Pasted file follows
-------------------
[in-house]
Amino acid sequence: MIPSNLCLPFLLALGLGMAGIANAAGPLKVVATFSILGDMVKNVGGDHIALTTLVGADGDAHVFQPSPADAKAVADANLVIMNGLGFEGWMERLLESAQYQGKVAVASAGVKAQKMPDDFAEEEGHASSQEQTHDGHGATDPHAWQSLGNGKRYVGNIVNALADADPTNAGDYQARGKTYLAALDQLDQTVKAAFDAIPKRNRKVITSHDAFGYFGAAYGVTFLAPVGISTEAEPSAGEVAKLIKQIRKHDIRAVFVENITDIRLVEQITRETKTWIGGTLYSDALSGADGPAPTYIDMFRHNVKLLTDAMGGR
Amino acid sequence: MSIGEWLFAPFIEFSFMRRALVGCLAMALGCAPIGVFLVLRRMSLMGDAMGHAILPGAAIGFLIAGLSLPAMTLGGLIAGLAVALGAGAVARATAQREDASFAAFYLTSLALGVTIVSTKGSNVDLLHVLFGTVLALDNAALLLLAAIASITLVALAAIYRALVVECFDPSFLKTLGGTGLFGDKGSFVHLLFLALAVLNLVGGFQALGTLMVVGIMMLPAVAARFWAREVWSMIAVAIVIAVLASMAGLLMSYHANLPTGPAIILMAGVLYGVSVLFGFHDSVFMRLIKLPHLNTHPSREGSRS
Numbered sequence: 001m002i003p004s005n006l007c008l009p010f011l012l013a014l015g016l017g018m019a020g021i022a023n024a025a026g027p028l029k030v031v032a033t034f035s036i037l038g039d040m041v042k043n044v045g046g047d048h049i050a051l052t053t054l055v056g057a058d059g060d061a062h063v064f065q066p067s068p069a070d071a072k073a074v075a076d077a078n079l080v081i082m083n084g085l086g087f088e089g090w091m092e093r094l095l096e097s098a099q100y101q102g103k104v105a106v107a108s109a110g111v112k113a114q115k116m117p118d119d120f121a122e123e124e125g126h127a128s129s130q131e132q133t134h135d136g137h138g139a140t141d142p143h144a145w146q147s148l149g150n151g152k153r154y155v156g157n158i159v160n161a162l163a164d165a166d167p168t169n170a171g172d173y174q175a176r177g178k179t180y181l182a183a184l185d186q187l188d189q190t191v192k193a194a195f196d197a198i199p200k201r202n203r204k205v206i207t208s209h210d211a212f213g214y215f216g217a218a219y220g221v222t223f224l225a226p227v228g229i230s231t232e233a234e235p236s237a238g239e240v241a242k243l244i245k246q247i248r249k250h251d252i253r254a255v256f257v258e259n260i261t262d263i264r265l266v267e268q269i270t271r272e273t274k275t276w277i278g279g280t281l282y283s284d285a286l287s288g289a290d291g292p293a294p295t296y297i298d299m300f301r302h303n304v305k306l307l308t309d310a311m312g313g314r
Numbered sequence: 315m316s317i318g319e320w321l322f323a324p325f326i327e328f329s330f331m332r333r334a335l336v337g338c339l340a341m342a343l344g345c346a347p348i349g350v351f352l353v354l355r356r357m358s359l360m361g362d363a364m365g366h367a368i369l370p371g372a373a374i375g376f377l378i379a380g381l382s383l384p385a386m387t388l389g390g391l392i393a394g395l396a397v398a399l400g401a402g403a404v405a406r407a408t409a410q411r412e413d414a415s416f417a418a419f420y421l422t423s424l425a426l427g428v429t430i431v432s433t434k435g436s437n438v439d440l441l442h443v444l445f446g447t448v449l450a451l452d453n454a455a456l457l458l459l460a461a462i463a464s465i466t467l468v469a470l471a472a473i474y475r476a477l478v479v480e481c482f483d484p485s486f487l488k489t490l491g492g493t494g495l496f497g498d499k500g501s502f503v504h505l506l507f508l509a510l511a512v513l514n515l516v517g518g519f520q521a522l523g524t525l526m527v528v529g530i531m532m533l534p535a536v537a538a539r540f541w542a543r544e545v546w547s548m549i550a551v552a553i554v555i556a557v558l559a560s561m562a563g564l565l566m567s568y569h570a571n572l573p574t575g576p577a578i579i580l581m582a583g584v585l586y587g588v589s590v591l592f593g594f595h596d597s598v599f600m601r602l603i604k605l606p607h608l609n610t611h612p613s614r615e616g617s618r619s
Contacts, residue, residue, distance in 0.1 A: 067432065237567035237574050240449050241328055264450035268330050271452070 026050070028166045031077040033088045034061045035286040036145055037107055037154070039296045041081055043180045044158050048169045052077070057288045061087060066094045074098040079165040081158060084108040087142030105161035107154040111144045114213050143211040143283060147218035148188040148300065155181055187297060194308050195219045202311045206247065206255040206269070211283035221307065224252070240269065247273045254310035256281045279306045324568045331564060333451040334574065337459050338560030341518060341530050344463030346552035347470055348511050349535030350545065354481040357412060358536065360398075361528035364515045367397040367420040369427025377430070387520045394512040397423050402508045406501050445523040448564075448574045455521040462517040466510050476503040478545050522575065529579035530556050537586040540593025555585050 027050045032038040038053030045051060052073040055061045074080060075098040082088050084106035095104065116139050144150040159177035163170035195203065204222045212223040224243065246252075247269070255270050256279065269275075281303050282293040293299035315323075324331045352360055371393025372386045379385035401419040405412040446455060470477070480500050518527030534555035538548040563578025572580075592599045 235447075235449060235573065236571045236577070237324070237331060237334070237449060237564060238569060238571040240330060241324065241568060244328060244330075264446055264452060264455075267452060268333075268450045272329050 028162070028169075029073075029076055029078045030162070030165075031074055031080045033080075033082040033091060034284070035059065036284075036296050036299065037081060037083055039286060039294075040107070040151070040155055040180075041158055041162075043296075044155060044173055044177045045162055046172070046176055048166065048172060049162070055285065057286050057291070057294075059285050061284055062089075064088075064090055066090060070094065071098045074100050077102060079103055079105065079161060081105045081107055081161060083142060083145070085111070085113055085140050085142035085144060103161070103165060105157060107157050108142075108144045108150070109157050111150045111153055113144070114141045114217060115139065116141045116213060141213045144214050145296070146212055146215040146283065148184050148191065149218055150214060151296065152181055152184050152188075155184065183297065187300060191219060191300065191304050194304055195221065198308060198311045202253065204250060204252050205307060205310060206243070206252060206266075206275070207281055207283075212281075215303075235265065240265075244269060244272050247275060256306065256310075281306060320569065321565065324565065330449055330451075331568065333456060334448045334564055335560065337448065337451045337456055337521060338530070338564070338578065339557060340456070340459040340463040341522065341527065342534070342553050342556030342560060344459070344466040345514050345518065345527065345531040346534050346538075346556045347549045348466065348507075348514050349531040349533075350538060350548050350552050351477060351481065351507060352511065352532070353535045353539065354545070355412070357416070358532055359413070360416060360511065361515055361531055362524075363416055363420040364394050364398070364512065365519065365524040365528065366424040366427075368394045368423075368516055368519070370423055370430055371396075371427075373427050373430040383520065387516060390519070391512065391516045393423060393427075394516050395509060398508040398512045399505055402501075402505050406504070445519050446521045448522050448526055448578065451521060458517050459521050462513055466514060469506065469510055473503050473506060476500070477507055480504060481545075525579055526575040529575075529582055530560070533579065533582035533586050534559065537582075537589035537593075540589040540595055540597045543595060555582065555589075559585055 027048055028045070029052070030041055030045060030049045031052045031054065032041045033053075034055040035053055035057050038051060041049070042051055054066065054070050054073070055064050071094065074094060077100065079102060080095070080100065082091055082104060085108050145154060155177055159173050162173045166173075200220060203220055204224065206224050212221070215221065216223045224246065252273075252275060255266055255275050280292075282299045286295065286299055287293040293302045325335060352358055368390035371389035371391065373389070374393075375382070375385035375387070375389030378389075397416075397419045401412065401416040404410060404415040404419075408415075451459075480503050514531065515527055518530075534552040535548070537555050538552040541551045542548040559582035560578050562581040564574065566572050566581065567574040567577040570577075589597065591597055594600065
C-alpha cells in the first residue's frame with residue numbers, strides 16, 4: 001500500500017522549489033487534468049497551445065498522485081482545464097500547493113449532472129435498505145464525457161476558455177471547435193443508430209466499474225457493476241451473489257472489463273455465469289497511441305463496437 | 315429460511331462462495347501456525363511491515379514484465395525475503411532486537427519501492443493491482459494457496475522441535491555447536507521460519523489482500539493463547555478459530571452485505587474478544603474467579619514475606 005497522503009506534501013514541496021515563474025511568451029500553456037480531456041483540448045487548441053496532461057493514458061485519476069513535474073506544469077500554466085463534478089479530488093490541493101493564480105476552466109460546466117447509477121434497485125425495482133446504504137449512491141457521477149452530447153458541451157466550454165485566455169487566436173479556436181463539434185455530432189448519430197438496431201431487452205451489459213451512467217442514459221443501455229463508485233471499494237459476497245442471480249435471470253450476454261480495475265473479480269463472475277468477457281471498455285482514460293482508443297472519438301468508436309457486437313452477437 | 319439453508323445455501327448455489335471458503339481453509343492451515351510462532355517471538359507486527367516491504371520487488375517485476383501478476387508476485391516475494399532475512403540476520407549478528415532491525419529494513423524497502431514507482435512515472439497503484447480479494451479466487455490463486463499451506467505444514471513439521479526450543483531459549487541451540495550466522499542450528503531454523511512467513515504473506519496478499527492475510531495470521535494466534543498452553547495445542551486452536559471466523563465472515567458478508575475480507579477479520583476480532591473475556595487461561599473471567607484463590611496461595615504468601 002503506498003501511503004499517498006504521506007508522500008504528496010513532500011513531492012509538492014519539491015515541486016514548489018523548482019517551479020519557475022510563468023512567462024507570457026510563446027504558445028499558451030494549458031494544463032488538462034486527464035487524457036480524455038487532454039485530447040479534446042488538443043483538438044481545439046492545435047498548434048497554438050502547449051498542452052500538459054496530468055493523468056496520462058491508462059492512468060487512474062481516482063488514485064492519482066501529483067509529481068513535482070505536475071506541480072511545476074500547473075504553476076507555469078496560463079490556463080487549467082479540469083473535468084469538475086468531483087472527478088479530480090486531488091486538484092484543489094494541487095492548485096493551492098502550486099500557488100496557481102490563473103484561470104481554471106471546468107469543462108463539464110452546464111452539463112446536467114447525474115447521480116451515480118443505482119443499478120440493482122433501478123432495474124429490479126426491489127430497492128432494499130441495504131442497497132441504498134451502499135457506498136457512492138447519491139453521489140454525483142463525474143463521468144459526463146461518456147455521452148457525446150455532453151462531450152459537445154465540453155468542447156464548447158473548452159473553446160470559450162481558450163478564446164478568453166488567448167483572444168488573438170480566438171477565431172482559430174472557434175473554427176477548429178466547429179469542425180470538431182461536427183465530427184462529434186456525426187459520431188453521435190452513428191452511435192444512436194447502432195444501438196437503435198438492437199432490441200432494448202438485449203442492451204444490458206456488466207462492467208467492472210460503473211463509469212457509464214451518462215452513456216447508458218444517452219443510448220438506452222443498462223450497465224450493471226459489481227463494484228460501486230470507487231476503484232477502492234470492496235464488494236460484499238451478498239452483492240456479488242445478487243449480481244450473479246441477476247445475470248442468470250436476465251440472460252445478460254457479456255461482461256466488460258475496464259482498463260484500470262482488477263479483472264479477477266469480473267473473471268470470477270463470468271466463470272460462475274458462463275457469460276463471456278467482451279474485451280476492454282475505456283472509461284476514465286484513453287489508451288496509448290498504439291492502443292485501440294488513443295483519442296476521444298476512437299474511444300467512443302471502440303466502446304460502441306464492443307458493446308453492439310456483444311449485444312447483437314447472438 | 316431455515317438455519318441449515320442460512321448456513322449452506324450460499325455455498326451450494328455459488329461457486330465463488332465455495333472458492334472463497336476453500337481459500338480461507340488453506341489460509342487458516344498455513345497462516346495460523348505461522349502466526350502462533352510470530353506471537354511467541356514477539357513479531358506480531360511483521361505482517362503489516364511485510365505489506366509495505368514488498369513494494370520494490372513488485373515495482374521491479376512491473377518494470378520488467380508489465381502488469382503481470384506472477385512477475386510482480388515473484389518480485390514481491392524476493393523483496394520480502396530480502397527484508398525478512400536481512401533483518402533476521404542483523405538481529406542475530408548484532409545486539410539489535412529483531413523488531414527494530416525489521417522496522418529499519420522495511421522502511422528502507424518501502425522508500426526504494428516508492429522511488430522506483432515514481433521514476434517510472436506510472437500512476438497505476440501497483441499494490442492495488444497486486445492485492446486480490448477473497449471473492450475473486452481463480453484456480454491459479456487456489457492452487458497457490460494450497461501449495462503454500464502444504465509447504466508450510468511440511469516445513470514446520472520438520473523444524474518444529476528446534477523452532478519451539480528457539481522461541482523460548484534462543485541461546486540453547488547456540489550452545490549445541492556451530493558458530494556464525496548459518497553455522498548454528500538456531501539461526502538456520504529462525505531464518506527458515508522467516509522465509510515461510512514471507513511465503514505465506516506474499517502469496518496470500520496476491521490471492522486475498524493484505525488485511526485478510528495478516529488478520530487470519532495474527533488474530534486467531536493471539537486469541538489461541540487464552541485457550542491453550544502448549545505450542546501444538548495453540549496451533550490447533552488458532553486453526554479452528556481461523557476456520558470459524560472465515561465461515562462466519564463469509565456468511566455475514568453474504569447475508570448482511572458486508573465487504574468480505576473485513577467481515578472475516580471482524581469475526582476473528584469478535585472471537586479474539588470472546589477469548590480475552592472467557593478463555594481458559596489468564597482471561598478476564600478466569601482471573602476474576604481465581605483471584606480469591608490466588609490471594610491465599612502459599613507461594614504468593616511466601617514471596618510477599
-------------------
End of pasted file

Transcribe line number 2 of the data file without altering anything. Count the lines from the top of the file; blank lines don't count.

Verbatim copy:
Amino acid sequence: MIPSNLCLPFLLALGLGMAGIANAAGPLKVVATFSILGDMVKNVGGDHIALTTLVGADGDAHVFQPSPADAKAVADANLVIMNGLGFEGWMERLLESAQYQGKVAVASAGVKAQKMPDDFAEEEGHASSQEQTHDGHGATDPHAWQSLGNGKRYVGNIVNALADADPTNAGDYQARGKTYLAALDQLDQTVKAAFDAIPKRNRKVITSHDAFGYFGAAYGVTFLAPVGISTEAEPSAGEVAKLIKQIRKHDIRAVFVENITDIRLVEQITRETKTWIGGTLYSDALSGADGPAPTYIDMFRHNVKLLTDAMGGR